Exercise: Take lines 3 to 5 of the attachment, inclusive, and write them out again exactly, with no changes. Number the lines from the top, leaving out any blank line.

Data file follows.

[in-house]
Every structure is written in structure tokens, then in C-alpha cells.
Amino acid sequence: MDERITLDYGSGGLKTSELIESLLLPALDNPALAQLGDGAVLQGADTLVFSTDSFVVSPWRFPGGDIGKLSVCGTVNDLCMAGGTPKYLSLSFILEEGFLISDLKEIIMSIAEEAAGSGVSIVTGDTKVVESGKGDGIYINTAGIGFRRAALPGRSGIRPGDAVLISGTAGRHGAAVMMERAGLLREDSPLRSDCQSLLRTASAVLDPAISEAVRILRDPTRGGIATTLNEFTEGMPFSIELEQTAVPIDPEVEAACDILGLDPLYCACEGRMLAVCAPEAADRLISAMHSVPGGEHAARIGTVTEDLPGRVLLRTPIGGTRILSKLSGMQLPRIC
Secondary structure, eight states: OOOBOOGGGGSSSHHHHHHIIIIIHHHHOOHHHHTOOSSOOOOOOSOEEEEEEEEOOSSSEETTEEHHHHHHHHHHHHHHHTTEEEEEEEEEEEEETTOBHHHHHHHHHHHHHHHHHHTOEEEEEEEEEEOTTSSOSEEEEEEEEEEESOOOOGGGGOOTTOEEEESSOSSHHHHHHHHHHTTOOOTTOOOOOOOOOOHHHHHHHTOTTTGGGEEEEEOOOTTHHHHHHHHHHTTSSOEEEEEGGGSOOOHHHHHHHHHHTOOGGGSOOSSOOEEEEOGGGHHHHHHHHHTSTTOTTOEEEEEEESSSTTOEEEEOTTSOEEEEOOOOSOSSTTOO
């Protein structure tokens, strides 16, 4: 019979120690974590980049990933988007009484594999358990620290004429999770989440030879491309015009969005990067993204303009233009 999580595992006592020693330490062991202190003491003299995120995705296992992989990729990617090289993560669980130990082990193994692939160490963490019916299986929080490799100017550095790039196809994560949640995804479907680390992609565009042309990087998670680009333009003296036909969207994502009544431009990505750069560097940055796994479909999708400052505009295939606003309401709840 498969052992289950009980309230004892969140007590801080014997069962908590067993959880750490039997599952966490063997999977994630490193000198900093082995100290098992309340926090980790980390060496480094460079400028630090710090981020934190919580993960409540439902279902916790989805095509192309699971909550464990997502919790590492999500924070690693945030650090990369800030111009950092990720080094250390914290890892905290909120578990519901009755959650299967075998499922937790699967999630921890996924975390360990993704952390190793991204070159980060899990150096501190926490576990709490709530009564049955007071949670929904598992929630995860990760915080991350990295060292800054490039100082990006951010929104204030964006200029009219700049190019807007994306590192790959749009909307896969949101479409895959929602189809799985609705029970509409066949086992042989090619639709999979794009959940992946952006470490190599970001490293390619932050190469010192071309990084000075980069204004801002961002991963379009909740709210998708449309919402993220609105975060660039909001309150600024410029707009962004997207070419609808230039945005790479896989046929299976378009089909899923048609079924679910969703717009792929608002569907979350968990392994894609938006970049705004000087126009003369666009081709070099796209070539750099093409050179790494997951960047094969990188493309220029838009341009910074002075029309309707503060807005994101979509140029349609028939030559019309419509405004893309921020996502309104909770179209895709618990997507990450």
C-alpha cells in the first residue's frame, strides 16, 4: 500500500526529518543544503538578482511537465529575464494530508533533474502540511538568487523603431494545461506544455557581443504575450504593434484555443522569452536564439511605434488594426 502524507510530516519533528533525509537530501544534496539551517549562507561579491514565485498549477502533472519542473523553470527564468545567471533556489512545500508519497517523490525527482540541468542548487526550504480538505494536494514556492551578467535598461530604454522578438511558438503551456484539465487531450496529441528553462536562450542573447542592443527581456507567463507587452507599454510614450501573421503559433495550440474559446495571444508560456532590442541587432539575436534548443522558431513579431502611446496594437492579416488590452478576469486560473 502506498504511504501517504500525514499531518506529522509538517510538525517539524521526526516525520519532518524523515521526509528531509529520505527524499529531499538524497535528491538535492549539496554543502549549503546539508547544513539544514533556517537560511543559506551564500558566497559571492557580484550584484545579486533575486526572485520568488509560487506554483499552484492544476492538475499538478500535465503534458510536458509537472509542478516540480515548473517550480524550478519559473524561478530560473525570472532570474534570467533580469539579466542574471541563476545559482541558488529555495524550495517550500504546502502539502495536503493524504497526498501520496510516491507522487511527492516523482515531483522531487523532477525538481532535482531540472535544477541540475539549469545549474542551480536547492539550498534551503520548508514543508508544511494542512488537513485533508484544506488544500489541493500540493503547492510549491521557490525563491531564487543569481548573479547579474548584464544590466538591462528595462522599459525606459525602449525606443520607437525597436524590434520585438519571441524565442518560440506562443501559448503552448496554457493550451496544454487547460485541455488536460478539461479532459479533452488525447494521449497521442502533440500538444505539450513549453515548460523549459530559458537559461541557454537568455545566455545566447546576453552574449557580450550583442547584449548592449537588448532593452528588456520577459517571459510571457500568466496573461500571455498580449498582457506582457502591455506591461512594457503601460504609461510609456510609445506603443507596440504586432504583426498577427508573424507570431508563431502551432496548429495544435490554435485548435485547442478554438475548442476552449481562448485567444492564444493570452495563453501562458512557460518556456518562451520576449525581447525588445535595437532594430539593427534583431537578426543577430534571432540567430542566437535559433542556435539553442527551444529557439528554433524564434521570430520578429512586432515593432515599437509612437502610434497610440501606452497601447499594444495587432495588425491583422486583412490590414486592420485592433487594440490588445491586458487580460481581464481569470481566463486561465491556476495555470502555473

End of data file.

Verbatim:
Amino acid sequence: MDERITLDYGSGGLKTSELIESLLLPALDNPALAQLGDGAVLQGADTLVFSTDSFVVSPWRFPGGDIGKLSVCGTVNDLCMAGGTPKYLSLSFILEEGFLISDLKEIIMSIAEEAAGSGVSIVTGDTKVVESGKGDGIYINTAGIGFRRAALPGRSGIRPGDAVLISGTAGRHGAAVMMERAGLLREDSPLRSDCQSLLRTASAVLDPAISEAVRILRDPTRGGIATTLNEFTEGMPFSIELEQTAVPIDPEVEAACDILGLDPLYCACEGRMLAVCAPEAADRLISAMHSVPGGEHAARIGTVTEDLPGRVLLRTPIGGTRILSKLSGMQLPRIC
Secondary structure, eight states: OOOBOOGGGGSSSHHHHHHIIIIIHHHHOOHHHHTOOSSOOOOOOSOEEEEEEEEOOSSSEETTEEHHHHHHHHHHHHHHHTTEEEEEEEEEEEEETTOBHHHHHHHHHHHHHHHHHHTOEEEEEEEEEEOTTSSOSEEEEEEEEEEESOOOOGGGGOOTTOEEEESSOSSHHHHHHHHHHTTOOOTTOOOOOOOOOOHHHHHHHTOTTTGGGEEEEEOOOTTHHHHHHHHHHTTSSOEEEEEGGGSOOOHHHHHHHHHHTOOGGGSOOSSOOEEEEOGGGHHHHHHHHHTSTTOTTOEEEEEEESSSTTOEEEEOTTSOEEEEOOOOSOSSTTOO
């Protein structure tokens, strides 16, 4: 019979120690974590980049990933988007009484594999358990620290004429999770989440030879491309015009969005990067993204303009233009 999580595992006592020693330490062991202190003491003299995120995705296992992989990729990617090289993560669980130990082990193994692939160490963490019916299986929080490799100017550095790039196809994560949640995804479907680390992609565009042309990087998670680009333009003296036909969207994502009544431009990505750069560097940055796994479909999708400052505009295939606003309401709840 498969052992289950009980309230004892969140007590801080014997069962908590067993959880750490039997599952966490063997999977994630490193000198900093082995100290098992309340926090980790980390060496480094460079400028630090710090981020934190919580993960409540439902279902916790989805095509192309699971909550464990997502919790590492999500924070690693945030650090990369800030111009950092990720080094250390914290890892905290909120578990519901009755959650299967075998499922937790699967999630921890996924975390360990993704952390190793991204070159980060899990150096501190926490576990709490709530009564049955007071949670929904598992929630995860990760915080991350990295060292800054490039100082990006951010929104204030964006200029009219700049190019807007994306590192790959749009909307896969949101479409895959929602189809799985609705029970509409066949086992042989090619639709999979794009959940992946952006470490190599970001490293390619932050190469010192071309990084000075980069204004801002961002991963379009909740709210998708449309919402993220609105975060660039909001309150600024410029707009962004997207070419609808230039945005790479896989046929299976378009089909899923048609079924679910969703717009792929608002569907979350968990392994894609938006970049705004000087126009003369666009081709070099796209070539750099093409050179790494997951960047094969990188493309220029838009341009910074002075029309309707503060807005994101979509140029349609028939030559019309419509405004893309921020996502309104909770179209895709618990997507990450």